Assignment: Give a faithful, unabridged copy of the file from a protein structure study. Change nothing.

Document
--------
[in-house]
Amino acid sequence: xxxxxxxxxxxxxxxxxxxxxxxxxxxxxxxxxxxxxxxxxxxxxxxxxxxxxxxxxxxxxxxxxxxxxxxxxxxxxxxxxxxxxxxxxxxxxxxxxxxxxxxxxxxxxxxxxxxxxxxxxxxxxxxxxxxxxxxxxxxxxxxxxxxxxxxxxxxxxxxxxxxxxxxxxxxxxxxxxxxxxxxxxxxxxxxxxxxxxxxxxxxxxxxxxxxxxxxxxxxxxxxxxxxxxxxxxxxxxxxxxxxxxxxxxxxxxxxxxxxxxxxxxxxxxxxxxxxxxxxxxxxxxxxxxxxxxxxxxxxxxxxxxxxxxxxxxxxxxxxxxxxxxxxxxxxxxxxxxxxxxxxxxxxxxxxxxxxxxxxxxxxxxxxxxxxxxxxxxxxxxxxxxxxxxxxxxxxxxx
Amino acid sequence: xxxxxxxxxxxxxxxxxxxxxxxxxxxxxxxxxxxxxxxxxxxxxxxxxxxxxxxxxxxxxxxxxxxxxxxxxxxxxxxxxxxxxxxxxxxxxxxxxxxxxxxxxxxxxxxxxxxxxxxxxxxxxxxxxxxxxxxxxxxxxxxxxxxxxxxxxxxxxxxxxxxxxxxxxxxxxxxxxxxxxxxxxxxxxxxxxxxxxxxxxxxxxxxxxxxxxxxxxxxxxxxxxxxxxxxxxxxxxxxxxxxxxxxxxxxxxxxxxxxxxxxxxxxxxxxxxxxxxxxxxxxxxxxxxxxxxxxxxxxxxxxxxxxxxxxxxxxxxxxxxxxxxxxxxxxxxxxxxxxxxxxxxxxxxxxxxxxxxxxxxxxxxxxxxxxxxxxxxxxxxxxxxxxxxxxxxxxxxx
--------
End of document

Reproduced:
[in-house]
Amino acid sequence: xxxxxxxxxxxxxxxxxxxxxxxxxxxxxxxxxxxxxxxxxxxxxxxxxxxxxxxxxxxxxxxxxxxxxxxxxxxxxxxxxxxxxxxxxxxxxxxxxxxxxxxxxxxxxxxxxxxxxxxxxxxxxxxxxxxxxxxxxxxxxxxxxxxxxxxxxxxxxxxxxxxxxxxxxxxxxxxxxxxxxxxxxxxxxxxxxxxxxxxxxxxxxxxxxxxxxxxxxxxxxxxxxxxxxxxxxxxxxxxxxxxxxxxxxxxxxxxxxxxxxxxxxxxxxxxxxxxxxxxxxxxxxxxxxxxxxxxxxxxxxxxxxxxxxxxxxxxxxxxxxxxxxxxxxxxxxxxxxxxxxxxxxxxxxxxxxxxxxxxxxxxxxxxxxxxxxxxxxxxxxxxxxxxxxxxxxxxxxx
Amino acid sequence: xxxxxxxxxxxxxxxxxxxxxxxxxxxxxxxxxxxxxxxxxxxxxxxxxxxxxxxxxxxxxxxxxxxxxxxxxxxxxxxxxxxxxxxxxxxxxxxxxxxxxxxxxxxxxxxxxxxxxxxxxxxxxxxxxxxxxxxxxxxxxxxxxxxxxxxxxxxxxxxxxxxxxxxxxxxxxxxxxxxxxxxxxxxxxxxxxxxxxxxxxxxxxxxxxxxxxxxxxxxxxxxxxxxxxxxxxxxxxxxxxxxxxxxxxxxxxxxxxxxxxxxxxxxxxxxxxxxxxxxxxxxxxxxxxxxxxxxxxxxxxxxxxxxxxxxxxxxxxxxxxxxxxxxxxxxxxxxxxxxxxxxxxxxxxxxxxxxxxxxxxxxxxxxxxxxxxxxxxxxxxxxxxxxxxxxxxxxxxx